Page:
With under two minutes to go in the second period and the Canucks on the power play, defenceman Jason Garrison dumped the puck behind the Coyotes net and Edler proceeded to chase after it. Realizing Edler would get to the puck before his defencemen, Smith made the decision to leave his crease and play the puck. Edler would put a shoulder into Smith and ended up knocking him over. As expected, a massive scrum ensued to the right of the Coyotes goal.
Edler was assessed a five-minute charging major on the play and Coyotes forward Martin Hanzal received a two-minute roughing penalty for going after Edler.
Smith finished the second period after the hit, but did not play the third period due to an injury. He was replaced by backup Jason Labarbera. It is unknown if the injury was related to the hit or not. He was shaken up earlier in the period after Canucks winger Daniel Sedin slid into him.
Section 42.1 of the NHL rulebook states:
A goalkeeper is not “fair game” just because he is outside the goal crease area. The appropriate penalty should be assessed in every case where an opposing player makes unnecessary contact with a goalkeeper. However, incidental contact, at the discretion of the Referee, will be permitted when the goalkeeper is in the act of playing the puck outside his goal crease provided the attacking player has made a reasonable effort to avoid such contact.
Smith was not fair game behind the net and Edler did put a shoulder into him, so the referees were correct in assessing a penalty. Was it worthy of a major penalty? It is up for debate since many associate major penalties with violent hockey plays that results in blood or an injury. However, it is moot now since the major penalty did not cost the Canucks the game and much of the penalty was nullified when Shane Doan took a hooking penalty just over a minute later.
After the game, Coyotes head coach Dave Tippett said he expects to the league to look at the hit since a major was assessed on the play. Will they suspend Edler? It wouldn’t surprise me if the NHL surprises us with a suspension.
Canucks winger Jannik Hansen was suspended last month for a hit to the head of Chicago Blackhawks forward Marian Hossa. Many in Canucks nation felt the contact to the head was incidental and head coach Alain Vigneault felt there shouldn’t have been even a hearing on the hit. The NHL Department of Player Safety felt it was a deliberate blow to the head of Hossa arguing Hansen had “[changed] the position of his arm.”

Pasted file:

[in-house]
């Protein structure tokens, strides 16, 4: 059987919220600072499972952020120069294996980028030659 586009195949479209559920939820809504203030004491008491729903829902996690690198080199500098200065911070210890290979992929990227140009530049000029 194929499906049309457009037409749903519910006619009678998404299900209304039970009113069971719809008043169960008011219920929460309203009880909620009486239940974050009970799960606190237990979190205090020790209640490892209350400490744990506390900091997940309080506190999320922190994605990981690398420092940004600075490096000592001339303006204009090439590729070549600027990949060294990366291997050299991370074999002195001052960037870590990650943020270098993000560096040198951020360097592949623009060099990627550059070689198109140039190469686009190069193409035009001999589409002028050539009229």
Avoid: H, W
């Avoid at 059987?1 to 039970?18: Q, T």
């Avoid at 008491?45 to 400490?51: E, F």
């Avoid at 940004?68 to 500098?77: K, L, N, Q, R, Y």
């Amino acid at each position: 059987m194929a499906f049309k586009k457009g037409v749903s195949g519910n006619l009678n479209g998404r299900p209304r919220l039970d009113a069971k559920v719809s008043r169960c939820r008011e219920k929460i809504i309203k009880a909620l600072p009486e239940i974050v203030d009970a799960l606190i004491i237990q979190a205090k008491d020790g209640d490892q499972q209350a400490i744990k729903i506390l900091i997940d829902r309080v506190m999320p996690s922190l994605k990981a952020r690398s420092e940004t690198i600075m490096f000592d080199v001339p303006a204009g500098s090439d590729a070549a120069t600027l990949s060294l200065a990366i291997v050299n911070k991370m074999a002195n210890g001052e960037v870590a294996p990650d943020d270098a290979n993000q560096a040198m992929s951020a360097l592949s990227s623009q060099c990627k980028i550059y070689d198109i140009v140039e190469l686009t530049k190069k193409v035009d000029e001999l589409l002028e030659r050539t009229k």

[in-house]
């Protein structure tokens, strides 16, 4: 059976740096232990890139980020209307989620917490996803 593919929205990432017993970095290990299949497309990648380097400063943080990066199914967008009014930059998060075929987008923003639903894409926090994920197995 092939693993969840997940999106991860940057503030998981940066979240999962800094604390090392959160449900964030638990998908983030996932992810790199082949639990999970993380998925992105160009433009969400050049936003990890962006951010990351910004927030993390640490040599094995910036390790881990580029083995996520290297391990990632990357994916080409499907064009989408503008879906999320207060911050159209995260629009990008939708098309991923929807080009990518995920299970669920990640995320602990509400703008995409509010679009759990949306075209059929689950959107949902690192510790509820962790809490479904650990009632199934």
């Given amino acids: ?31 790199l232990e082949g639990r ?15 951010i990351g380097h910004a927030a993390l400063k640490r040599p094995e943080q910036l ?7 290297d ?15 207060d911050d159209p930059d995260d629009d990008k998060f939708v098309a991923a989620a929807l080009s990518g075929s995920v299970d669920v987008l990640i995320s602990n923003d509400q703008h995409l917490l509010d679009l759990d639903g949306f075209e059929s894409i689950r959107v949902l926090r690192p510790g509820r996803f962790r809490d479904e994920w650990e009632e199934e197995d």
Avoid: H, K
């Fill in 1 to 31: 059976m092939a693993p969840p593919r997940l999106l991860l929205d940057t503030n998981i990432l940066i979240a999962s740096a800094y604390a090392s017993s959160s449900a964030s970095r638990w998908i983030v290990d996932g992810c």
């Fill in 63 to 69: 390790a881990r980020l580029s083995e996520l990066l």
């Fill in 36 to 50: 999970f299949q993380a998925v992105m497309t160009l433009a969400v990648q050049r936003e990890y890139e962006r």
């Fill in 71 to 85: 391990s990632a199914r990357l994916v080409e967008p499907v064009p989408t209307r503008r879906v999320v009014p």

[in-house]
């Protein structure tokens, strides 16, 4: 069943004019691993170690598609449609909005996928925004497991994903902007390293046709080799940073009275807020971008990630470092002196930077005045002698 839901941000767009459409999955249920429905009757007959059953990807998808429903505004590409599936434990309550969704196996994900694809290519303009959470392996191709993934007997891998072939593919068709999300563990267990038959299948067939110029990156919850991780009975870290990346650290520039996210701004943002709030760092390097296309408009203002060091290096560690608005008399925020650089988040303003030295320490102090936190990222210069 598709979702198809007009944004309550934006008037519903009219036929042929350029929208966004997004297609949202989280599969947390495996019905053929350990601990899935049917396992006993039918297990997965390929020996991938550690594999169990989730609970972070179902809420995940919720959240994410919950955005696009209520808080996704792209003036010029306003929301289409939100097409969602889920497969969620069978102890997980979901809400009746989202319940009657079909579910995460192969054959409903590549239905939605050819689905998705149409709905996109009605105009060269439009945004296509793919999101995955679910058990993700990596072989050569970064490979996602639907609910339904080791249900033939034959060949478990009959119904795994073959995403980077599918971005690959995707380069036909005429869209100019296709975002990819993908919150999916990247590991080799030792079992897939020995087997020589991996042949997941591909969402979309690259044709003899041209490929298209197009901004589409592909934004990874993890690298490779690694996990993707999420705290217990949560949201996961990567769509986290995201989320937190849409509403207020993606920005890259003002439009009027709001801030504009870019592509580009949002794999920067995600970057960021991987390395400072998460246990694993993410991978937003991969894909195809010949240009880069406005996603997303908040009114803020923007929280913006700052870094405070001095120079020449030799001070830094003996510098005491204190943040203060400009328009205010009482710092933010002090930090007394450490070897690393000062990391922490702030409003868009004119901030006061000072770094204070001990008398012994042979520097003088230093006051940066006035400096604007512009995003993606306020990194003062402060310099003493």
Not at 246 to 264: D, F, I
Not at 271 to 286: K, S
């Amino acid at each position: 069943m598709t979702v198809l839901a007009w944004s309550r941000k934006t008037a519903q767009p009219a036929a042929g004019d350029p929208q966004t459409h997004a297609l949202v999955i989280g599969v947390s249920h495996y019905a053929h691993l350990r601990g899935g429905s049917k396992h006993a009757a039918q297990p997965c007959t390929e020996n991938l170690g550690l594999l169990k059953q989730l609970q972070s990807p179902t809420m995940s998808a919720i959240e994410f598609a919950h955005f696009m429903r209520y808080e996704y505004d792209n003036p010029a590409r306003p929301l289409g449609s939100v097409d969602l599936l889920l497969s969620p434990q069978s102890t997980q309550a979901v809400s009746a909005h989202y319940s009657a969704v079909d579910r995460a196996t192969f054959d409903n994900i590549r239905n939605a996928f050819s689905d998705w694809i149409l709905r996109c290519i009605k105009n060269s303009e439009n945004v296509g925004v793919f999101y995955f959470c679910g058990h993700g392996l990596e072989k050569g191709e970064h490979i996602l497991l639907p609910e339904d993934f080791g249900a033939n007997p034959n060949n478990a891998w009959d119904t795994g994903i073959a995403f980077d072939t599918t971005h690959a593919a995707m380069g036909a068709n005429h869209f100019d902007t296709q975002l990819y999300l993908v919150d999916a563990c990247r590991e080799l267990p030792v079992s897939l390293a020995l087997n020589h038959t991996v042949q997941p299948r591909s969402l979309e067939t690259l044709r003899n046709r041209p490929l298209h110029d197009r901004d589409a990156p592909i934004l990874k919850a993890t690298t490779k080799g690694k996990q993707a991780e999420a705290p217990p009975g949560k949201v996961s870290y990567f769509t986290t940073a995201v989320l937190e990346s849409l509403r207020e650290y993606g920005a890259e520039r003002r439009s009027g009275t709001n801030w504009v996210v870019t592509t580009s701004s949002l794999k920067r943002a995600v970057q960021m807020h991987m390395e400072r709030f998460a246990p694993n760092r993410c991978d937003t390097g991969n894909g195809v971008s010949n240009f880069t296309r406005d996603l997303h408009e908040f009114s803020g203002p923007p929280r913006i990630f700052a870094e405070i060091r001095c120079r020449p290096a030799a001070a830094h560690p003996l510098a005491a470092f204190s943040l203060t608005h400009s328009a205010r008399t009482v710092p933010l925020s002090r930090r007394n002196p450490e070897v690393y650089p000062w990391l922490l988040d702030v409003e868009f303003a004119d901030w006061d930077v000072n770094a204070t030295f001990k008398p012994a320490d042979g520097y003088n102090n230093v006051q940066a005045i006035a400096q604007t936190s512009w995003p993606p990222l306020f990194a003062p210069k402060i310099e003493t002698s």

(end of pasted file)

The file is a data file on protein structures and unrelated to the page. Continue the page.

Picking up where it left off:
In the case of the Edler hit, he was going after the puck, but in the end what happened was he put his shoulder into Smith and made no attempt to get out of the way. It also appears Edler made eye contact with Smith, which is an oft-cited point for justifying a suspension.
The decision to suspend Hansen appeared to stem from Hossa’s history with concussions and the fact he suffered an injury on the play. In this incident, Smith has an history with getting hit outside of the crease and he suffered an injury, which may or may not have been related to this hit.
For this reason, it would not shock me if the NHL decides to suspend Edler for one game. Does he deserve to get suspended? Probably not.
(Last year in the playoffs, Blackhawks forward Andrew Shaw was suspended three games for a similar, but subtly different hit on Smith. It was clear Smith was going to get to the puck first and Shaw [skating in from the blueline] had plenty of time to avoid contact. Edler, on the other hand, did not pickup speed until he is at the goal line after he recognized the puck was going around behind the net.)
What will the NHL pull out of it’s wheel of justice?
Let’s face it, Shanahan can interpret any of these any way he wants. Good luck understanding any logic or pattern.
— Damien Cox (@DamoSpin) March 22, 2013